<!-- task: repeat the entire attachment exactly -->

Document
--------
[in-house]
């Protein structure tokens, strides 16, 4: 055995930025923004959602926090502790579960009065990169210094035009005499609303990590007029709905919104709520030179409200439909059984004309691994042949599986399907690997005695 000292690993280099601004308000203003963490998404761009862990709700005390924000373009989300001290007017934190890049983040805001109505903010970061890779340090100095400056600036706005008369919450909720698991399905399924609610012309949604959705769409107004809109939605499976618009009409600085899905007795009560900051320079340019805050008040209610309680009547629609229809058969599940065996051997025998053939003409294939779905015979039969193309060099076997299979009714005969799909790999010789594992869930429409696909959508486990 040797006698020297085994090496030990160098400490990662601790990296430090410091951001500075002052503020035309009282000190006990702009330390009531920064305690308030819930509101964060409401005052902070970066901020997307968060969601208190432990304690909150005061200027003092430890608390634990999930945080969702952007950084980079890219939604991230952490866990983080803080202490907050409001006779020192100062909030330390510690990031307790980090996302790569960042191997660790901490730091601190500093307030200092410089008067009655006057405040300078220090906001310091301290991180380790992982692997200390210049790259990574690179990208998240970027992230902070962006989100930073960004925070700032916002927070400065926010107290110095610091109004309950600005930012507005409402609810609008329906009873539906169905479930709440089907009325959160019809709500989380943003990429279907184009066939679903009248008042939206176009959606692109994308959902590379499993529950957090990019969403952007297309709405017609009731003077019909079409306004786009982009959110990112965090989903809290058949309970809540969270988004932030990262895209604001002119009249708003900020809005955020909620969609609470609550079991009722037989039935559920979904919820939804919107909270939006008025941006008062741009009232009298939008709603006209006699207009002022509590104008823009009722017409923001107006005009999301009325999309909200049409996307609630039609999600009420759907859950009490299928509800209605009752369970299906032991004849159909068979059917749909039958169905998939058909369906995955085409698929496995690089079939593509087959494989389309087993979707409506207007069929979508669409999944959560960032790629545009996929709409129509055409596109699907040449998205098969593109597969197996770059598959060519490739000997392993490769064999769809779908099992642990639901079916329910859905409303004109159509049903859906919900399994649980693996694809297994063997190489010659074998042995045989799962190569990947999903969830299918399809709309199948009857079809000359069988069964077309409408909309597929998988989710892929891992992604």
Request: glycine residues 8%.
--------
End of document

[in-house]
């Protein structure tokens, strides 16, 4: 055995930025923004959602926090502790579960009065990169210094035009005499609303990590007029709905919104709520030179409200439909059984004309691994042949599986399907690997005695 000292690993280099601004308000203003963490998404761009862990709700005390924000373009989300001290007017934190890049983040805001109505903010970061890779340090100095400056600036706005008369919450909720698991399905399924609610012309949604959705769409107004809109939605499976618009009409600085899905007795009560900051320079340019805050008040209610309680009547629609229809058969599940065996051997025998053939003409294939779905015979039969193309060099076997299979009714005969799909790999010789594992869930429409696909959508486990 040797006698020297085994090496030990160098400490990662601790990296430090410091951001500075002052503020035309009282000190006990702009330390009531920064305690308030819930509101964060409401005052902070970066901020997307968060969601208190432990304690909150005061200027003092430890608390634990999930945080969702952007950084980079890219939604991230952490866990983080803080202490907050409001006779020192100062909030330390510690990031307790980090996302790569960042191997660790901490730091601190500093307030200092410089008067009655006057405040300078220090906001310091301290991180380790992982692997200390210049790259990574690179990208998240970027992230902070962006989100930073960004925070700032916002927070400065926010107290110095610091109004309950600005930012507005409402609810609008329906009873539906169905479930709440089907009325959160019809709500989380943003990429279907184009066939679903009248008042939206176009959606692109994308959902590379499993529950957090990019969403952007297309709405017609009731003077019909079409306004786009982009959110990112965090989903809290058949309970809540969270988004932030990262895209604001002119009249708003900020809005955020909620969609609470609550079991009722037989039935559920979904919820939804919107909270939006008025941006008062741009009232009298939008709603006209006699207009002022509590104008823009009722017409923001107006005009999301009325999309909200049409996307609630039609999600009420759907859950009490299928509800209605009752369970299906032991004849159909068979059917749909039958169905998939058909369906995955085409698929496995690089079939593509087959494989389309087993979707409506207007069929979508669409999944959560960032790629545009996929709409129509055409596109699907040449998205098969593109597969197996770059598959060519490739000997392993490769064999769809779908099992642990639901079916329910859905409303004109159509049903859906919900399994649980693996694809297994063997190489010659074998042995045989799962190569990947999903969830299918399809709309199948009857079809000359069988069964077309409408909309597929998988989710892929891992992604």
Request: glycine residues 8%.